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Modelling the survivorship of Nigeria children in their first 10 years of life

Adeniyi Francis Fagbamigbe
Joshua Odunayo Akinyemi


Introduction: Several studies have attributed social demographic and environmental characteristics to differentials in children mortality rates worldwide but there is paucity of information on modelling of children survival in Nigeria. In this study we modelled children survival in Nigeria and predicted their chances of survival in their first ten years of life.

Methods: We used the data from the 2013 Nigeria Demographic and Health Survey to carry out a retrospective analysis of children survival. We computed the probability of survival and mortality rates for the first five years and predicted survivals for 6th to 10th years of life using life table techniques and compared our estimates with Brass indirect techniques.

Results: The probability of a child surviving up to exact age 1 and 5 were 0.9212 (95% CI: 0.919-0.923) and 0.8583 (95% CI: 0.855-0.861) respectively. About 142 of every 1000 children would not make their tenth birthday in Nigeria. We found higher survivorship trend among female children than the males with higher rates in Southern Nigeria than in the Northern parts. The estimates of probabilities of survival from age 1 to 5 from the fitted curves agreed very closely with those obtained from Brass indirect techniques as the variability was less than 2%.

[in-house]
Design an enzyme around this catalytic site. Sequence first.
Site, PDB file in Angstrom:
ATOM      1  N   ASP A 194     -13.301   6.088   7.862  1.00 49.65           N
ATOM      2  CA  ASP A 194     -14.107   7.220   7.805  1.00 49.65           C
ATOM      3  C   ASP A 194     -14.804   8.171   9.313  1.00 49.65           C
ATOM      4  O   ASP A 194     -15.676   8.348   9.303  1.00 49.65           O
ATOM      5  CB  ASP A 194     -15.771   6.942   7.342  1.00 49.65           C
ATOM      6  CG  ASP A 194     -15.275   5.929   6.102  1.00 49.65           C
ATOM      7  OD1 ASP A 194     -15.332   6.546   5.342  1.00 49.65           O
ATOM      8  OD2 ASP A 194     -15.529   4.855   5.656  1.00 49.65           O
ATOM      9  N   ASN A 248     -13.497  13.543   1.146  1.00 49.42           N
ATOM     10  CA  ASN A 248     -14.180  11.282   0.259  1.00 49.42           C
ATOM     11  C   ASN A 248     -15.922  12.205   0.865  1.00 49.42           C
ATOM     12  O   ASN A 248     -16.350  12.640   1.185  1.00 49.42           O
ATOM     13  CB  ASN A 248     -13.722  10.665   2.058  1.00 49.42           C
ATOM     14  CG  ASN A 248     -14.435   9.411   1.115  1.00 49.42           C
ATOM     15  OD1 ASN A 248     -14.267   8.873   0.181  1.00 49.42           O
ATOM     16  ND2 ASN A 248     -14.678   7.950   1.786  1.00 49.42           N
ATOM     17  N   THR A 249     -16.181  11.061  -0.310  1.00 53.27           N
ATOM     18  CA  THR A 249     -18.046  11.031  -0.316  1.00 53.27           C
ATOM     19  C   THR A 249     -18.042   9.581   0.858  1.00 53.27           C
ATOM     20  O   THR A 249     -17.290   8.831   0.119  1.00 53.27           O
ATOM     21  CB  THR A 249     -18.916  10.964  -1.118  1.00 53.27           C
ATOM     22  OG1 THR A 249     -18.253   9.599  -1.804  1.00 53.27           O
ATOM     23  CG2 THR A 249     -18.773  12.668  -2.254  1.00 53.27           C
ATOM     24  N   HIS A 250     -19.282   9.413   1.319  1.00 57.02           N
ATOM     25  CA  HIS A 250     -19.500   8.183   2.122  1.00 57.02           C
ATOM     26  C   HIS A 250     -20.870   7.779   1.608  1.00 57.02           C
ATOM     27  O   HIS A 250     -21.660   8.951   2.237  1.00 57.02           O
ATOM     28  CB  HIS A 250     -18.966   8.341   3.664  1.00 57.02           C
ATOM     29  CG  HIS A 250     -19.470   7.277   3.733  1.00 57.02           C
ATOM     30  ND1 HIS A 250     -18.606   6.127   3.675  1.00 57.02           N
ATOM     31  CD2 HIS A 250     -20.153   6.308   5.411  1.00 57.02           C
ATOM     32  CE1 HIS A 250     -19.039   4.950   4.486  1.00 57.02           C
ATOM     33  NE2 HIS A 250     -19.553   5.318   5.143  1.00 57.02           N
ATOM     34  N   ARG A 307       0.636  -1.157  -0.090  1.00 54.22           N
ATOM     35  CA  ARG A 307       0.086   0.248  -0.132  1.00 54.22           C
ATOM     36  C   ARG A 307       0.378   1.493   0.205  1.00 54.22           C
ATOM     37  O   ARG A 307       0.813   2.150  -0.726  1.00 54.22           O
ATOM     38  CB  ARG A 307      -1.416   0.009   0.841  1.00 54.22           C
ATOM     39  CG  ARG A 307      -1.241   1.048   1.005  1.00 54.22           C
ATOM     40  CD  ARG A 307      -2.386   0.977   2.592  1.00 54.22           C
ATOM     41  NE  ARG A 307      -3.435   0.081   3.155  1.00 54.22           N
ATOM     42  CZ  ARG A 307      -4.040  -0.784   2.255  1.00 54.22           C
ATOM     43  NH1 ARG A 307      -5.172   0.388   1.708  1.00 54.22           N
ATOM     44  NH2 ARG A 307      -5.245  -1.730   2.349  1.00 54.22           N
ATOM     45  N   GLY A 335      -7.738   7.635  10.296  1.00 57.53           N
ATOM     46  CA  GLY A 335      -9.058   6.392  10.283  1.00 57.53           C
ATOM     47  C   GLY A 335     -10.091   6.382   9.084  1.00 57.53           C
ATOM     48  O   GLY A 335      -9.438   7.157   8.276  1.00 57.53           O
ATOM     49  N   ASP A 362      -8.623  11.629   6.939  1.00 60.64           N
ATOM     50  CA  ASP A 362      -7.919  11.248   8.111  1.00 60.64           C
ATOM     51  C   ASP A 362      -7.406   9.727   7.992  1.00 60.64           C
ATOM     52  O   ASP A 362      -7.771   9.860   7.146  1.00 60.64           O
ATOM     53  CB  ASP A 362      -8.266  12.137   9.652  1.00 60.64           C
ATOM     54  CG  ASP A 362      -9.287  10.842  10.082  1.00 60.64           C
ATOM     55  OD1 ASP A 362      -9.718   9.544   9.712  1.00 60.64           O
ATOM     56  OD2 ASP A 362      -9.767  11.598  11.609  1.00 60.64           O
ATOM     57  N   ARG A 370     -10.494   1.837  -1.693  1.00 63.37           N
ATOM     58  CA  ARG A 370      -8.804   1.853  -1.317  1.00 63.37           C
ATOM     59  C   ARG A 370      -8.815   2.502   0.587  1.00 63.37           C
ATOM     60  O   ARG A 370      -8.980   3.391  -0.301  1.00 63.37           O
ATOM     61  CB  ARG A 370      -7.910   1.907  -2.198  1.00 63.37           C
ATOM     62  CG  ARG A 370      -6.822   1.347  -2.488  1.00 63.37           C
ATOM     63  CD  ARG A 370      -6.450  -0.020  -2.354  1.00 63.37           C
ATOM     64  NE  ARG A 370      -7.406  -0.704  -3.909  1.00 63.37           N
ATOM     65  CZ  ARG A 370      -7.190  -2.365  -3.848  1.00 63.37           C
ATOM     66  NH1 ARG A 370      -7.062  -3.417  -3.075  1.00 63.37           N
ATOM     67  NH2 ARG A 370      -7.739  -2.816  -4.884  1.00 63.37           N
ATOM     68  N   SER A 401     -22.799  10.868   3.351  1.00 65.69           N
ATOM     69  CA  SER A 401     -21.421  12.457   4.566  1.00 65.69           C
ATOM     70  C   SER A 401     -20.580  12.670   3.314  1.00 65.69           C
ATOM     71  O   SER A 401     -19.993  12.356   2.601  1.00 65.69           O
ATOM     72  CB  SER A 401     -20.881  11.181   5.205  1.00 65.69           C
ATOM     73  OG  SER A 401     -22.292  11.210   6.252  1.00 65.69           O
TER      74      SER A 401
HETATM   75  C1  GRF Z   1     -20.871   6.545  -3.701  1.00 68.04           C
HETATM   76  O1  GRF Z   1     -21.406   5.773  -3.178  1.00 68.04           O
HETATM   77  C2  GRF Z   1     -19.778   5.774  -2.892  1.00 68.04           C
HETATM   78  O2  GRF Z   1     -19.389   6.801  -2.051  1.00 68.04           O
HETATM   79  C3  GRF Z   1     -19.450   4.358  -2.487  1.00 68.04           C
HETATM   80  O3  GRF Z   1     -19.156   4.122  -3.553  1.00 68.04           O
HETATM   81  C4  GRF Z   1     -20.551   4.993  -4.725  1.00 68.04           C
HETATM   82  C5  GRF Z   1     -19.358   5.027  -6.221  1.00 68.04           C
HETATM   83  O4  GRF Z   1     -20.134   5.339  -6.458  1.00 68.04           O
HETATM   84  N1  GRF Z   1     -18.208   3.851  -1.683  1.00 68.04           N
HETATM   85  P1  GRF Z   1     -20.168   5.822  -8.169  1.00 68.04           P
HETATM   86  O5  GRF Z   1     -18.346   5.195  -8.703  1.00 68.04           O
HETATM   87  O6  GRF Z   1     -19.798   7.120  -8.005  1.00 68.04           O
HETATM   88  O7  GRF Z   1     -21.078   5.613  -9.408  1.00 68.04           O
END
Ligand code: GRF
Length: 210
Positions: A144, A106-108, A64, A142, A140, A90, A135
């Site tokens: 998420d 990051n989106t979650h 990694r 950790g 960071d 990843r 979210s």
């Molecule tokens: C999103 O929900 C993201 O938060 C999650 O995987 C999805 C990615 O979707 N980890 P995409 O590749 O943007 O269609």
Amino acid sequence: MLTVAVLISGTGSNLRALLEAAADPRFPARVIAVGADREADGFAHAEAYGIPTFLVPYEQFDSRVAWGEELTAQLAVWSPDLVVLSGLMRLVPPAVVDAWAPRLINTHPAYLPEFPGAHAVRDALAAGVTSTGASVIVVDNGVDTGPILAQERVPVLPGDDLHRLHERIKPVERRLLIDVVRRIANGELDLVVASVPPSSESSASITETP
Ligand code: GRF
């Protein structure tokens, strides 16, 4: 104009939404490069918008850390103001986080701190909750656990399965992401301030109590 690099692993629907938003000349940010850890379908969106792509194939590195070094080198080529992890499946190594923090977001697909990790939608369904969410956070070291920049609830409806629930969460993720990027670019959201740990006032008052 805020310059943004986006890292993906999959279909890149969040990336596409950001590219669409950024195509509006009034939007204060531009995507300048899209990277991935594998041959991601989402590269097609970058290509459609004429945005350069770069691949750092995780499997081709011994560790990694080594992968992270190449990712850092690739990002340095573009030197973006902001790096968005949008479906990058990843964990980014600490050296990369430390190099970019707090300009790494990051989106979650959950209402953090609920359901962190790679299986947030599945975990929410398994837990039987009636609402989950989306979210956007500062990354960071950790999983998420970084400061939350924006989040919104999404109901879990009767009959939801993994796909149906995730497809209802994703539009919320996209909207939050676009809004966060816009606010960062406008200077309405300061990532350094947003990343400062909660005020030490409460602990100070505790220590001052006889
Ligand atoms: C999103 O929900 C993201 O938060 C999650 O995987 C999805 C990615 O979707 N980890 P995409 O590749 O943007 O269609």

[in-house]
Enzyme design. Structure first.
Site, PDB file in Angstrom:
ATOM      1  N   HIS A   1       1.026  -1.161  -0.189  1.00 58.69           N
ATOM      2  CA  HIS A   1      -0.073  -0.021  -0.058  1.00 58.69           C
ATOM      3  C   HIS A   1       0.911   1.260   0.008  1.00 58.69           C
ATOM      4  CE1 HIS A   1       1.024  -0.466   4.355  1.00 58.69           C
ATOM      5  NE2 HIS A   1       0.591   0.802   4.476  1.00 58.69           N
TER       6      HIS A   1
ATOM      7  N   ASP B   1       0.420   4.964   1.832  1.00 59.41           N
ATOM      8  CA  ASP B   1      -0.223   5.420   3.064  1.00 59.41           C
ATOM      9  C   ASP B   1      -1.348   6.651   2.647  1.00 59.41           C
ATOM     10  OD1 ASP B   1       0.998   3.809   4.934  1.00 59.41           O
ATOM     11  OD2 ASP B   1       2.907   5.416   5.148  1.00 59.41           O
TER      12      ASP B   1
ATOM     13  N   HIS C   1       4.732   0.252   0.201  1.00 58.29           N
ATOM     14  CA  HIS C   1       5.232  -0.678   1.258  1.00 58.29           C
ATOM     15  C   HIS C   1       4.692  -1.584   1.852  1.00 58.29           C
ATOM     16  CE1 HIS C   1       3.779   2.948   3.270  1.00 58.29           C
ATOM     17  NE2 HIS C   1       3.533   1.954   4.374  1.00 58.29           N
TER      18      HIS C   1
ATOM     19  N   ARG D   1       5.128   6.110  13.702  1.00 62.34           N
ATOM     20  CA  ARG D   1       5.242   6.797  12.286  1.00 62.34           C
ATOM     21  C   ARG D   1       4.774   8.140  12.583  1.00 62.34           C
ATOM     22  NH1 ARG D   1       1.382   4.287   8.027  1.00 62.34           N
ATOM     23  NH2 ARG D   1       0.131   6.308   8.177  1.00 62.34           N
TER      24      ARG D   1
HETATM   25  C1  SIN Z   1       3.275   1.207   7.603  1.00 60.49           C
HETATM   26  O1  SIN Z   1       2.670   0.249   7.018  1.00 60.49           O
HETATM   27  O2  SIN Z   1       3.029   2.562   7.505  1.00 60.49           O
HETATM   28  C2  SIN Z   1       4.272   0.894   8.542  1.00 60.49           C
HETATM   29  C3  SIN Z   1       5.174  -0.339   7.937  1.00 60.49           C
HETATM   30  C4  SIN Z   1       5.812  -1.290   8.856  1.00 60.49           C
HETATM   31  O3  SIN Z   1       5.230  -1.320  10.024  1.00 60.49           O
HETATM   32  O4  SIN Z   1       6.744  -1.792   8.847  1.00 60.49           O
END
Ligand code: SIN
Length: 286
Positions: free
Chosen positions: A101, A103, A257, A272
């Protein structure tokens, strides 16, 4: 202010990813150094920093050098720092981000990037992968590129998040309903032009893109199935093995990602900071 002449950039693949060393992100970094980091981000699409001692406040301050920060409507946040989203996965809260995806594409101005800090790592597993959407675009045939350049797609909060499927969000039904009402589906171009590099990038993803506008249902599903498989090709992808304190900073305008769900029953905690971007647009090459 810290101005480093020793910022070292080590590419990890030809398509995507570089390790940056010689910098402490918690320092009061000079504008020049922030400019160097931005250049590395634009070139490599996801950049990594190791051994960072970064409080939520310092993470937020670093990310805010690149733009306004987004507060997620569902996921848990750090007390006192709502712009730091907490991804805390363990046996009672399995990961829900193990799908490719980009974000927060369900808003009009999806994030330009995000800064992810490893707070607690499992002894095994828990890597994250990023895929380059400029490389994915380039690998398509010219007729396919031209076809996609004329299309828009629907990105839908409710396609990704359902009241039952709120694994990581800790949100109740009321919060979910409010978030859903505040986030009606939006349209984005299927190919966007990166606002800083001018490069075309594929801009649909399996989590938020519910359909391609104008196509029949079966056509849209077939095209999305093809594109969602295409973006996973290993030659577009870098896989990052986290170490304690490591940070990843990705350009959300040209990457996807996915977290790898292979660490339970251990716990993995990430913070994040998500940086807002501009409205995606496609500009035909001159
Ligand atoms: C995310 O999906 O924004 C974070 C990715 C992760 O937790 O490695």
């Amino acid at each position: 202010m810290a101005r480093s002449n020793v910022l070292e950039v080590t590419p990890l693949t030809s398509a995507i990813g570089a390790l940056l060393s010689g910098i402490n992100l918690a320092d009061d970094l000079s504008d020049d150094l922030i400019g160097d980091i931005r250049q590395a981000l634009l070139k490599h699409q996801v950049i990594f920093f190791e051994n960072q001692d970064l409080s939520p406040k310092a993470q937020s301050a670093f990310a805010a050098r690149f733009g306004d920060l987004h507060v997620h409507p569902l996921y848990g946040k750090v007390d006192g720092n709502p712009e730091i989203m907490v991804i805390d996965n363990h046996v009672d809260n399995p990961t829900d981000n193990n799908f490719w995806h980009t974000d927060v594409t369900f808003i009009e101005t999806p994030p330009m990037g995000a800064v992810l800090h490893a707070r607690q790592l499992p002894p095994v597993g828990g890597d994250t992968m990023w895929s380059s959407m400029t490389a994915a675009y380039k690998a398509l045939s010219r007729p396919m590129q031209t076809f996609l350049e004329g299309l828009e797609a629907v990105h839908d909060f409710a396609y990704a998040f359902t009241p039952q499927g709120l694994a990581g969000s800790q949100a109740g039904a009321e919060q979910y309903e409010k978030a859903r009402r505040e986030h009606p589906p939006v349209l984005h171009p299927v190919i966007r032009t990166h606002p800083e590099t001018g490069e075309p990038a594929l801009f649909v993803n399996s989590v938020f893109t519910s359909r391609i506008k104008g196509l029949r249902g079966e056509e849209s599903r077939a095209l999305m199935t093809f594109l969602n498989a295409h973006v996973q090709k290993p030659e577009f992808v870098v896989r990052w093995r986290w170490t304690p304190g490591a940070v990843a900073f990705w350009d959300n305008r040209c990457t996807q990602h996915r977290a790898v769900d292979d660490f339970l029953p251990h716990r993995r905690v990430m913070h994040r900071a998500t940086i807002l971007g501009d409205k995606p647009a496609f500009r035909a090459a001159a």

Conclusion: Child mortality is high in Nigeria with fewer children deaths among females. Probability of not attaining age 10 in South West is lower than chances of not marking first birthday in North West zone. Efforts must be concentrated in reversing the worrisome survival trend in Nigeria especially in the Northern parts of the country.

Keywords: Survivorship, Nigeria, children mortality, Kaplan Meier, Brass Indirect method, Prediction

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eISSN: 2992-345X
print ISSN: 0189-9287